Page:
The U.S. Department of Homeland Security announced today that it is renewing a program designed to shield young undocumented immigrants from being deported.

The Deferred Action for Childhood Arrivals, or DACA, program was established in 2012 and is now being extended for another two years. That means that undocumented children who participated in the program’s first round can now submit renewal applications. The application itself costs $465.

The program has already provided relief to an estimated 560,000 immigrants.

About 4,000 children in Hawaii are eligible for protection under DACA, according to a press release from Hawaii Sen. Mazie Hirono, the only immigrant in the U.S. Senate.

“These millions of young people … should be able to stay in the country they call home,” Hirono said in a statement.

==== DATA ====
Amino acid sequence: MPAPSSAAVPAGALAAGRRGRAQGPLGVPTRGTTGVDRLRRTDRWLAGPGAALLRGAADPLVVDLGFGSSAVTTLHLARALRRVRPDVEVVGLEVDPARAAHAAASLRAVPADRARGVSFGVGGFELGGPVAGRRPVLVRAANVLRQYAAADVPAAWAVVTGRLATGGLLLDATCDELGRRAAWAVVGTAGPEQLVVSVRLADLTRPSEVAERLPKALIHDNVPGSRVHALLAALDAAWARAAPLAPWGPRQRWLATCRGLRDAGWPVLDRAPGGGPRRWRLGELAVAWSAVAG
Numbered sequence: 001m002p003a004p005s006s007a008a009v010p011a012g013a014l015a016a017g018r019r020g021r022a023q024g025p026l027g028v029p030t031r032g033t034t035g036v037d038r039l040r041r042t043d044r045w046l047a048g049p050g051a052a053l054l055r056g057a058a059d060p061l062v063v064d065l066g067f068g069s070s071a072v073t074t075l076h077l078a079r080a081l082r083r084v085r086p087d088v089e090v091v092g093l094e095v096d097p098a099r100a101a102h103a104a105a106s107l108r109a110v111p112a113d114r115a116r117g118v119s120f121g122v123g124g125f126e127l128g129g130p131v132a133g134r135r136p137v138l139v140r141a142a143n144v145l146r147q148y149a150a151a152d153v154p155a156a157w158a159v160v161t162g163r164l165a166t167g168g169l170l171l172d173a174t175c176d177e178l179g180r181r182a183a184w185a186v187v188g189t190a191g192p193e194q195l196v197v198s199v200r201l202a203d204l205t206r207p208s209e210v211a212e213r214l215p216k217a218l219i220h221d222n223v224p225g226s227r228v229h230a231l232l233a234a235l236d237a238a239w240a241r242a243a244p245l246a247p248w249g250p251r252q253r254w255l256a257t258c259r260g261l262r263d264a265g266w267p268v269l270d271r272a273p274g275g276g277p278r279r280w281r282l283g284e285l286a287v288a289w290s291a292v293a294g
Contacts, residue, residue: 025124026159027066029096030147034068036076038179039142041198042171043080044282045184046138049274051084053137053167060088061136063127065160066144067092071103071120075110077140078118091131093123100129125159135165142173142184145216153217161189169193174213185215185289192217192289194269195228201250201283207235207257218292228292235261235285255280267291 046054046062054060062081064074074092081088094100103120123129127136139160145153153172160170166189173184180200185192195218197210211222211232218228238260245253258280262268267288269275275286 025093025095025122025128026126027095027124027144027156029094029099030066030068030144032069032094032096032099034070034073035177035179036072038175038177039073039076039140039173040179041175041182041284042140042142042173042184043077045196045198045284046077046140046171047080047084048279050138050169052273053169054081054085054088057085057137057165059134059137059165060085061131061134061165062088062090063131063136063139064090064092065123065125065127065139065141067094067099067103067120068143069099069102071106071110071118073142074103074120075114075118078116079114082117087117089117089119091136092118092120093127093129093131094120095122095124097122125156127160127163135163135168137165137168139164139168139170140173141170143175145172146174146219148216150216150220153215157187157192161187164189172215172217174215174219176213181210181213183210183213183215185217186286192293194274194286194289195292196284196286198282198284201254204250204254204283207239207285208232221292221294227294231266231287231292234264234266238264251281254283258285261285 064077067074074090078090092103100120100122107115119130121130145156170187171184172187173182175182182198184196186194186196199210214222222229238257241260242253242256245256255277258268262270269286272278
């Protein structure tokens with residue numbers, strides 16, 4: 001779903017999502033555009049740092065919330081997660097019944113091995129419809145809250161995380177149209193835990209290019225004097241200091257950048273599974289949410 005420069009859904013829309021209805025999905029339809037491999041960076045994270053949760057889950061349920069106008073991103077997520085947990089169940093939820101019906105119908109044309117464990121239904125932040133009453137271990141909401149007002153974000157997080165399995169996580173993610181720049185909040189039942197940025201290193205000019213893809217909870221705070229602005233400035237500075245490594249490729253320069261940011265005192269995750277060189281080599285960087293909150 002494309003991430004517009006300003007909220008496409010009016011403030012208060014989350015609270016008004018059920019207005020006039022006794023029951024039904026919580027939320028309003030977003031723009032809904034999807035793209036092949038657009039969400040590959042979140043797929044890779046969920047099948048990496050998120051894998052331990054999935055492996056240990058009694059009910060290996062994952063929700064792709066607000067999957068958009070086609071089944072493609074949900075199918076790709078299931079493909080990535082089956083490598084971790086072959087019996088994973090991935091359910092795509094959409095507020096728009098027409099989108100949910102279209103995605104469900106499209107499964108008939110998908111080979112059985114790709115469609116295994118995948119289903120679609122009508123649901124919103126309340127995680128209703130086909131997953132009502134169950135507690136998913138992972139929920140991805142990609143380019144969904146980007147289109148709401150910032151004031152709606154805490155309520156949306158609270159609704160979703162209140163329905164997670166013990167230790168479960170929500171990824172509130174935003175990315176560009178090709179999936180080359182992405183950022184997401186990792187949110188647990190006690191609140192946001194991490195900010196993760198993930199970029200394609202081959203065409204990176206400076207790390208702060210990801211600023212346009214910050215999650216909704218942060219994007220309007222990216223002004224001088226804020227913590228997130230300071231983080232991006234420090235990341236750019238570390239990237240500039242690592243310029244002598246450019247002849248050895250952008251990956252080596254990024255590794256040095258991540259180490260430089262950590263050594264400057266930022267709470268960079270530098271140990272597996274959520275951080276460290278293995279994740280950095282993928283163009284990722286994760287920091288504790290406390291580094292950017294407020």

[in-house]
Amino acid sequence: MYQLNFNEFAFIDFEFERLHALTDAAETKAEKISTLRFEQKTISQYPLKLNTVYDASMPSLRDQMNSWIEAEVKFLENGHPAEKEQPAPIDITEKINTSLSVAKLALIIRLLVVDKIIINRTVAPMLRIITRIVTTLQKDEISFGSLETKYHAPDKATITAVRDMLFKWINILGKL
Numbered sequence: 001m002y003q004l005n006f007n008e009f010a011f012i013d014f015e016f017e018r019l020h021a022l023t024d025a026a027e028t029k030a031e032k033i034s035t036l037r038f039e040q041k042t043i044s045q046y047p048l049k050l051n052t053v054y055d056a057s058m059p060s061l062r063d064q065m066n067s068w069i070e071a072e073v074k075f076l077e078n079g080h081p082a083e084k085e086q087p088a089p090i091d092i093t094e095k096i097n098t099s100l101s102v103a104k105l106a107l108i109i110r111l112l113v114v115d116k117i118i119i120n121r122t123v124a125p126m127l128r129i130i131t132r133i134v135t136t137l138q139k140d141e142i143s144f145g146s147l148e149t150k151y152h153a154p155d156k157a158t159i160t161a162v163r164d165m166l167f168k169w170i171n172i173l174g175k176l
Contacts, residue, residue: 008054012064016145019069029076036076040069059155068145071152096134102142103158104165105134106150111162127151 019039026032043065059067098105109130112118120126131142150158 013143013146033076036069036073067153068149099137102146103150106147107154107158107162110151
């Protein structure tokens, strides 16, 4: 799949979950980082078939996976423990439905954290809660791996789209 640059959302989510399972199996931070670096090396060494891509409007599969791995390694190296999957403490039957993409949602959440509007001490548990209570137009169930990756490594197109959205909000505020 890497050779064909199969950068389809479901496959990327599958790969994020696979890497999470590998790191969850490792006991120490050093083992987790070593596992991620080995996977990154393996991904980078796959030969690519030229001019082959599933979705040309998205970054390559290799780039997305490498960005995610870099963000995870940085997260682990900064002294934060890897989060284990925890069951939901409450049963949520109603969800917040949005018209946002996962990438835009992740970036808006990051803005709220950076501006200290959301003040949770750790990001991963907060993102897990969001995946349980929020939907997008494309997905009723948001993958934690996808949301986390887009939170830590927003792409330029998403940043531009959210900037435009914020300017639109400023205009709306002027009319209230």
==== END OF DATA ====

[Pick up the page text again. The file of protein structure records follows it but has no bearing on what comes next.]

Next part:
Under DACA, young immigrants can get a work permit and social security card and, in some states including Hawaii, pay in-state tuition and acquire a drivers license.

Undocumented children who don’t have DACA are still subject to deportation.

While Hirono applauded today’s announcement, she stressed that immigration reform still leaves a lot to be desired.

The senator is urging House Republicans to take up an immigration bill that the Senate passed last year. The bill would create a road to citizenship for several million undocumented immigrants. It would also establish new border enforcement and deportation regulations.

 

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